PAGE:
SMITH LABS CHYMODIACTIN UNIT VOLUME DOWN IN SECOND QUARTER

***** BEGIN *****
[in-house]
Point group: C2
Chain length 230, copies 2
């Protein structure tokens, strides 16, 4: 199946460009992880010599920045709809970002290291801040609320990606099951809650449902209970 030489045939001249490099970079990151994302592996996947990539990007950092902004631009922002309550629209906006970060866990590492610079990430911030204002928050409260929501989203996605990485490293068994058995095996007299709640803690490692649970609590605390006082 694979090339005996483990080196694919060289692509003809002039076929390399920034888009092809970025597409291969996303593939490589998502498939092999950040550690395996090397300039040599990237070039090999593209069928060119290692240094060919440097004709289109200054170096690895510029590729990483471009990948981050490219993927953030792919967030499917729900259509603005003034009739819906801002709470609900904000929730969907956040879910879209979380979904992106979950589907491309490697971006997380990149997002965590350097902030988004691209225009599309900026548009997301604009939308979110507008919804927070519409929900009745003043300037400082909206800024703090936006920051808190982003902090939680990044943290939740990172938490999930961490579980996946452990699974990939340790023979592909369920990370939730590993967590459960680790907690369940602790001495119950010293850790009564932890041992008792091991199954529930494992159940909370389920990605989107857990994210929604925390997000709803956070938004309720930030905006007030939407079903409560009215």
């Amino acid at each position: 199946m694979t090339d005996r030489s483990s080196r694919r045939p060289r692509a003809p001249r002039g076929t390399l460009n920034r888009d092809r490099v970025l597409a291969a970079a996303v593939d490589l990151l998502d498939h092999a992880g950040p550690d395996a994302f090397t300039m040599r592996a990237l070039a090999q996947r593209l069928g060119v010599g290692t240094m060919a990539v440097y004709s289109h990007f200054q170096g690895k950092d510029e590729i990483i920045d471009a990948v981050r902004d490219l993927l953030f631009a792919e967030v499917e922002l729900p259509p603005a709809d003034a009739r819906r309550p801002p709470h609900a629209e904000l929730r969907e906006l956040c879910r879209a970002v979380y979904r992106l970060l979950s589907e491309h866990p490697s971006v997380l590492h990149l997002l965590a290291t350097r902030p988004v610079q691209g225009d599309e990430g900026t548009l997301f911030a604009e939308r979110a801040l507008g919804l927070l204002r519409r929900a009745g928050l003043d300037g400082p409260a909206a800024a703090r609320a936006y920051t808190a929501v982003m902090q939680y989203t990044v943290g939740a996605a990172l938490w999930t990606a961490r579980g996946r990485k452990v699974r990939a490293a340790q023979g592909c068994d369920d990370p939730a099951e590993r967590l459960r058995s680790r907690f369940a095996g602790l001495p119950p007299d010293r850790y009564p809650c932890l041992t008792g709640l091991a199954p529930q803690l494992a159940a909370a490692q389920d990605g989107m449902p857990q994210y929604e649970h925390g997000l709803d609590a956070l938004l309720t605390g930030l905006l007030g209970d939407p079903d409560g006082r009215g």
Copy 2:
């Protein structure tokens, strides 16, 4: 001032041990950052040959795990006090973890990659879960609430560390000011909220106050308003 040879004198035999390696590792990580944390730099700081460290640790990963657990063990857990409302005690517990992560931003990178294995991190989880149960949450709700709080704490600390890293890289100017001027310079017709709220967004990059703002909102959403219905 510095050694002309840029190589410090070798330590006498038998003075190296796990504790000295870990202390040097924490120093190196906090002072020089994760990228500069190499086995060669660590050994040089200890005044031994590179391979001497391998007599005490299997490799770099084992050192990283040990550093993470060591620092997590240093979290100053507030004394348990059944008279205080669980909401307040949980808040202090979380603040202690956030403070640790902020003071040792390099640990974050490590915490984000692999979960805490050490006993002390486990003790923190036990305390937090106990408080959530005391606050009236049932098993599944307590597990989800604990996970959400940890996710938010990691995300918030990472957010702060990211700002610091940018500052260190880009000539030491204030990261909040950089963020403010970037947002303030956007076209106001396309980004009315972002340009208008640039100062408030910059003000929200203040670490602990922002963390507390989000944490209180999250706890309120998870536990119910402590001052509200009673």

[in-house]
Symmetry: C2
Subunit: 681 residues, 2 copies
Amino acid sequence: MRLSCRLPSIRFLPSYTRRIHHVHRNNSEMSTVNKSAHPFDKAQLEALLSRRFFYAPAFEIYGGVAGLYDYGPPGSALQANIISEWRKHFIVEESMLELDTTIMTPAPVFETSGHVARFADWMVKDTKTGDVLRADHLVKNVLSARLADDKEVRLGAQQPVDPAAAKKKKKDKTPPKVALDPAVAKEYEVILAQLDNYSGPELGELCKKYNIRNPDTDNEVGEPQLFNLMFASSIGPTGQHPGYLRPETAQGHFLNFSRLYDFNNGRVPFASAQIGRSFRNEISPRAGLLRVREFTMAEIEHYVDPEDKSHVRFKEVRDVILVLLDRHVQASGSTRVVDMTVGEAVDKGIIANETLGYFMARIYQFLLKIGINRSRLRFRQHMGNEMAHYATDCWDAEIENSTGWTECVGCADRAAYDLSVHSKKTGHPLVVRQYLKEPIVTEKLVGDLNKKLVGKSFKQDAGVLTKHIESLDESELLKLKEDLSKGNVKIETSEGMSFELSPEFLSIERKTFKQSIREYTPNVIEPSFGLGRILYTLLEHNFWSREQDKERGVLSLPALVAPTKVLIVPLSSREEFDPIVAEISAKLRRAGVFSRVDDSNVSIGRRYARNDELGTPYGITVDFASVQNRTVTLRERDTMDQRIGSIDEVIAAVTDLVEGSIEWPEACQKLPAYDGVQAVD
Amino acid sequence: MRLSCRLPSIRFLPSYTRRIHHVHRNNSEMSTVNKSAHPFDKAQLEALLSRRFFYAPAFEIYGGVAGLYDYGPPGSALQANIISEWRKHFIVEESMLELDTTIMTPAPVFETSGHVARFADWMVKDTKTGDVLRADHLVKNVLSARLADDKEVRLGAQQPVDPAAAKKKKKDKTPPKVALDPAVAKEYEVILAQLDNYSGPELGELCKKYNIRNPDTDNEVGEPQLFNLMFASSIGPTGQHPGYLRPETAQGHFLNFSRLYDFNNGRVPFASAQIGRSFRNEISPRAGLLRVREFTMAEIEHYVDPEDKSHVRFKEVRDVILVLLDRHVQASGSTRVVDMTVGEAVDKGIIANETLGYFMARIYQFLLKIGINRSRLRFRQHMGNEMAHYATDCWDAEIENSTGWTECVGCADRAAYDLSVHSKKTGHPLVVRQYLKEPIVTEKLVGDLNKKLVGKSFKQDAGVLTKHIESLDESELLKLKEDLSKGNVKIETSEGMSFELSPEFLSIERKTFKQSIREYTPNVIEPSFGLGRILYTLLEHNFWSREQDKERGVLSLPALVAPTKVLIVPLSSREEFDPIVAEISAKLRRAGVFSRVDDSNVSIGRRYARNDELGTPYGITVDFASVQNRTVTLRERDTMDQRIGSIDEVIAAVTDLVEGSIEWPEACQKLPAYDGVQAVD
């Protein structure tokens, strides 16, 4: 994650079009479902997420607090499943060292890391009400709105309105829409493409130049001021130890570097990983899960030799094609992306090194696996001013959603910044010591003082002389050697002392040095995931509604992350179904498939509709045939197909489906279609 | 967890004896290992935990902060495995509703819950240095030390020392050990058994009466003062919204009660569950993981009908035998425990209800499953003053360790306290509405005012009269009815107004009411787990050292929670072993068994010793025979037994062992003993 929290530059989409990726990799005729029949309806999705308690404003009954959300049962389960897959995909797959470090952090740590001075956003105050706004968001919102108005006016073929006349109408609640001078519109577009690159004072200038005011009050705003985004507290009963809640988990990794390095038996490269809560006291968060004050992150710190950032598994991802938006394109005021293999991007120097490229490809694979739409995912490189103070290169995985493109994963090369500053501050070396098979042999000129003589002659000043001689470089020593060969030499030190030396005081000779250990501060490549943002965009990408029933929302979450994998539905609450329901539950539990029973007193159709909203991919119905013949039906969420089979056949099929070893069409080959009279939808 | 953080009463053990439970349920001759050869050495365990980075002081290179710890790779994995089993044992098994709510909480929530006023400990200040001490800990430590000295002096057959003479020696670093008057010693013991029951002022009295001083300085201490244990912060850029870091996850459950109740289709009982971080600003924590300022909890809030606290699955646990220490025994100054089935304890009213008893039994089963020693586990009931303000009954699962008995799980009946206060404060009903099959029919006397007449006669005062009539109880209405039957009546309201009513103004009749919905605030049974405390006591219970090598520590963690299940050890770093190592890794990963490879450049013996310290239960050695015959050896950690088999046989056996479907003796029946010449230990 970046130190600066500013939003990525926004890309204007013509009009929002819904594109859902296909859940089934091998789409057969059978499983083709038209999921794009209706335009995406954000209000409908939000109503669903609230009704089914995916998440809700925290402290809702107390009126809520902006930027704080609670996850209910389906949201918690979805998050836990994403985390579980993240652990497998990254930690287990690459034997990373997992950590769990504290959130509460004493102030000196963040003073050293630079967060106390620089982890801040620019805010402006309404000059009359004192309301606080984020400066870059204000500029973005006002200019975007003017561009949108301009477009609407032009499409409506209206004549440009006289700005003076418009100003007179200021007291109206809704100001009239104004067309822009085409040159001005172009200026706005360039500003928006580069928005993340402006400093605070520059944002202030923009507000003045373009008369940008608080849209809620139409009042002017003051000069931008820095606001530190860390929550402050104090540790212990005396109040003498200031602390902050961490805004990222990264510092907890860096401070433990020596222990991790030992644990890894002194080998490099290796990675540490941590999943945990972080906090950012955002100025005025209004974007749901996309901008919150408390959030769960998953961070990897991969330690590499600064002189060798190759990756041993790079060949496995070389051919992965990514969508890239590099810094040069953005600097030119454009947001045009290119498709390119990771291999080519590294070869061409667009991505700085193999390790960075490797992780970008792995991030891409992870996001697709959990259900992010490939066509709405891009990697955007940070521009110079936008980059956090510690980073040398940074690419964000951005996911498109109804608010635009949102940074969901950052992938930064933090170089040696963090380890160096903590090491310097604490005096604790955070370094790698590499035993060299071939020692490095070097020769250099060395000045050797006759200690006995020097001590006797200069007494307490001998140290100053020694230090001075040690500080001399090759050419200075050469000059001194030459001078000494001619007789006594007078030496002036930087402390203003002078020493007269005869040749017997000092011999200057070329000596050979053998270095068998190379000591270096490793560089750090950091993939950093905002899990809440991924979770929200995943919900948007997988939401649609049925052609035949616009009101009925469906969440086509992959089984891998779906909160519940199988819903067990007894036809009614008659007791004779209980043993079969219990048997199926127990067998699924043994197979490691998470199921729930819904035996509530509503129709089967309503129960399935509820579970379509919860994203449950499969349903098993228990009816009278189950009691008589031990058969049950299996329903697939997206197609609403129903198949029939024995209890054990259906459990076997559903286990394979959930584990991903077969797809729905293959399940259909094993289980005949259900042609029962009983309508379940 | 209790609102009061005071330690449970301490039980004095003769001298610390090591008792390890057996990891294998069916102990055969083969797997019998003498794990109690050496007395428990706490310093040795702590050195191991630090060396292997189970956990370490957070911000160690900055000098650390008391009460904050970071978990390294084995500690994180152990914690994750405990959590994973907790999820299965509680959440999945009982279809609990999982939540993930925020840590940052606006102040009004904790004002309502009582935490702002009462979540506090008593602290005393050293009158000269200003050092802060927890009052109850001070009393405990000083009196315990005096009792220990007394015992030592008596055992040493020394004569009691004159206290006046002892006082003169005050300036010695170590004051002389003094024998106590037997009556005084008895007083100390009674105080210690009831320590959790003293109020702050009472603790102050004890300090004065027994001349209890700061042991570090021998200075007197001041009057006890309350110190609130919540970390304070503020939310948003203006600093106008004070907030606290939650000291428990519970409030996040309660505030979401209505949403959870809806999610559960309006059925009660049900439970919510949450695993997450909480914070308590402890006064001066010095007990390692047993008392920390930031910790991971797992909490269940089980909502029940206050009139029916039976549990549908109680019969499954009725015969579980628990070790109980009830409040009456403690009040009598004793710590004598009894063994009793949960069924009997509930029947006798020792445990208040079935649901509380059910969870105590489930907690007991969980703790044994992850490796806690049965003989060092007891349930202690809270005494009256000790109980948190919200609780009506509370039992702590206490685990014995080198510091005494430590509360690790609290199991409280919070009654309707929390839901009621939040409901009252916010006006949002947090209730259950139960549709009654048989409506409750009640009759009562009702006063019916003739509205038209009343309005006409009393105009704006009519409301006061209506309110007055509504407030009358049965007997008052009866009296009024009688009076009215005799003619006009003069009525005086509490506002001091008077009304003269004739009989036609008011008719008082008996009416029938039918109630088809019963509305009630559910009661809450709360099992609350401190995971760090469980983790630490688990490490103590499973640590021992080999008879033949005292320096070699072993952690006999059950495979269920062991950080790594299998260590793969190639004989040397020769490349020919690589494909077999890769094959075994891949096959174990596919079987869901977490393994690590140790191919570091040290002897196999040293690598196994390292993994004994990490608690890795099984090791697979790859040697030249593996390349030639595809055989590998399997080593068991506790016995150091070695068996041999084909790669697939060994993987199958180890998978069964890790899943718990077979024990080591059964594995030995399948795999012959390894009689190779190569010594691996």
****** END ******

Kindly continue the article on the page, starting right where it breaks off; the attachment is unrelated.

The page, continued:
SMITH LABS CHYMODIACTIN UNIT VOLUME DOWN IN SECOND QUARTER due to a decline in the number of chemonucleolysis procedures being performed, and the market entry of Baxter Travenol's Discase brand of chymopapain, Smith Labs President Henry Kuehn said May 22 at an Alex Brown & Sons seminar in Baltimore. Revenues for the three months ended April 30 slipped 23.4% to $6.3 mil., the company announced, with net income slumping 70.2% to $1.77 mil. Smith expects the third and fourth quarters to "mimic" second quarter results, according to Kuehn Kuehn attributed the decline in chemonucleolysis procedures to several factors. First, he pointed out, chemonucleolysis was a "totally new procedure" when Smith Labs introduced Chymodiactin in November 1982. "It hit the market, everybody tried it, everybody had his back injected who had a bad back, and there were a number of reactions to it," Kuehn said. The backlog of patients eligible for chymopapain treatments now has dissipated, he noted, and new patients are becoming "much more selective" in their choice of treatment. Second, the firm is seeing a "weeding out" among surgeons performing the procedure, Kuehn continued. Of the 6,200 surgeons trained to perform chymonucleolysis last year, Smith Labs expects that ultimately, "no more than 3,000 or 3,500 surgeons" will be doing the procedure, he maintained. Those physicians will become chemonucleolysis "specialists," he predicted. Discase, Kuehn maintained," has had remarkably little success in gaining any sort of sizable market share." Smith Labs, however, is beginning to see some price discounting "in selected accounts . . . [but] no more than 5-10%," he added. On the internatl. front, Smith expects to receive marketing approval for Chymodiactin in Britain, Canada and Germany by the end of the year, Kuehn said. The product recently was cleared for marketing in France, he added. Internatl. licensing agreements should add about $1 mil. to 1984 revenues, the company predicts. Smith Labs is understood to be discussing with FDA the possibility of revised labeling for Chymodiactin due to the occurrence of three instances of transverse myelitis-related paraplegia following chemonucleolysis procedures ("The Pink Sheet" May 21, T&G-6). Chymodiactin labeling already reports one case of transverse myelitis, but notes that a causal relationship had not been established since the onset of the event occurred three weeks after the procedure was done. The future of the company will depend on its ability to identify and market new products, Kuehn emphasized. Smith Labs has contracted several consultants to help the firm in its search, he said. The company is targeting products that fit into the firm's existing market niche, such as foreign products that could be repackaged or put in new dosage forms for orthopedic and neurosurgeons, as well as products where the company can exploit its "expertise" in moving products through the regulatory system. Smith Labs has about $35 mil. from its public offering available for new business development, he noted.
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